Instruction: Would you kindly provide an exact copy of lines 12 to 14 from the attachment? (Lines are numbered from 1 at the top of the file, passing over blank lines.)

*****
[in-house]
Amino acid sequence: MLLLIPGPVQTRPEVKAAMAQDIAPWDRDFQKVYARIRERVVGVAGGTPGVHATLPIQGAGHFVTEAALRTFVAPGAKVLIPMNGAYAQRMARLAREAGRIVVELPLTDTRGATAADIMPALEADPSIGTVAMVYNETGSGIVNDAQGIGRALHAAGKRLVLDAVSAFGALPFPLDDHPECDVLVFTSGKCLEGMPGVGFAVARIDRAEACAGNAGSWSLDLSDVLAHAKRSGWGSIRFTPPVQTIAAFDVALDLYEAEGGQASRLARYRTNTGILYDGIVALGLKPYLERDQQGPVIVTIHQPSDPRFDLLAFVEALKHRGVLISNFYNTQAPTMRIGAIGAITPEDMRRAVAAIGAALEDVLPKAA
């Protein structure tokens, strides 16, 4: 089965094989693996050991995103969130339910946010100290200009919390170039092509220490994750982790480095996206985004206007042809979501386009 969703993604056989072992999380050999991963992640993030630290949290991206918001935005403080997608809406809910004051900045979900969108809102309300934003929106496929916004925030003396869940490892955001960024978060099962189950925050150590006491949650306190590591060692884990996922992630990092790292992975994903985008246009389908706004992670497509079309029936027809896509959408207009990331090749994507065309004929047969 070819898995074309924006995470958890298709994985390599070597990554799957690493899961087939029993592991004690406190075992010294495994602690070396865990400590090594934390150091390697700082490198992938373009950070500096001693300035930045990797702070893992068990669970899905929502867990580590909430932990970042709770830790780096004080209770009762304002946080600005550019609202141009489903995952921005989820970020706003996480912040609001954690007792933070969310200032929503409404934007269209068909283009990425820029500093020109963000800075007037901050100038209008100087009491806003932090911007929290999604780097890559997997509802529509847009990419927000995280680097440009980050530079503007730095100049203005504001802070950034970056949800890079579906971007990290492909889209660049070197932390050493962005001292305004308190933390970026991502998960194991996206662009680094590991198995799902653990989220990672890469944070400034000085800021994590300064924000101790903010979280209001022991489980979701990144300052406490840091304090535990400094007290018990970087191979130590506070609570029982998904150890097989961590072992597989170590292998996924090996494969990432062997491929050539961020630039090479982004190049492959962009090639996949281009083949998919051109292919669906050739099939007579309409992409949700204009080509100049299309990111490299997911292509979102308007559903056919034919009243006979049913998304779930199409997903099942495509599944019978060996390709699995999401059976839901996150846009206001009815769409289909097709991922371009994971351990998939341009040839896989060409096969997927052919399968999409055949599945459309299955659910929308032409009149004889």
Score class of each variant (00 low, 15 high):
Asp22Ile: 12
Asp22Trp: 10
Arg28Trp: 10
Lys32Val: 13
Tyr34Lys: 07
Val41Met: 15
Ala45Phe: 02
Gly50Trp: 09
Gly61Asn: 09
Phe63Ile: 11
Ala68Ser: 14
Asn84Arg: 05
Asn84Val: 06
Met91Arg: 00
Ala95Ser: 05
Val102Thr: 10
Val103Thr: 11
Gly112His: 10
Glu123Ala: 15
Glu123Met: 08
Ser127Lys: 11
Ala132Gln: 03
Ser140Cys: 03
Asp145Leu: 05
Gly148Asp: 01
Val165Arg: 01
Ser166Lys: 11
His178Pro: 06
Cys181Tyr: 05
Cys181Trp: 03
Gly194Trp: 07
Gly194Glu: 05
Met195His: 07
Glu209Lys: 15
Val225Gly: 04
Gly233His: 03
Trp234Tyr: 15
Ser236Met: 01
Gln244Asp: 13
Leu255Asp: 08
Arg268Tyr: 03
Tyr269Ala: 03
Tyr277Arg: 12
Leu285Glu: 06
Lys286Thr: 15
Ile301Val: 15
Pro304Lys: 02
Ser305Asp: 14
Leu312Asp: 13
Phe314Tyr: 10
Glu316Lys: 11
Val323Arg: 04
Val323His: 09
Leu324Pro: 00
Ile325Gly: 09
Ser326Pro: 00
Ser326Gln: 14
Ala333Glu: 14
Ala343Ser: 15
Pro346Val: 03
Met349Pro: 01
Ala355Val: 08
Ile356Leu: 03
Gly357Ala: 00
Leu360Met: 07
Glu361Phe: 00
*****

Gly50Trp: 09
Gly61Asn: 09
Phe63Ile: 11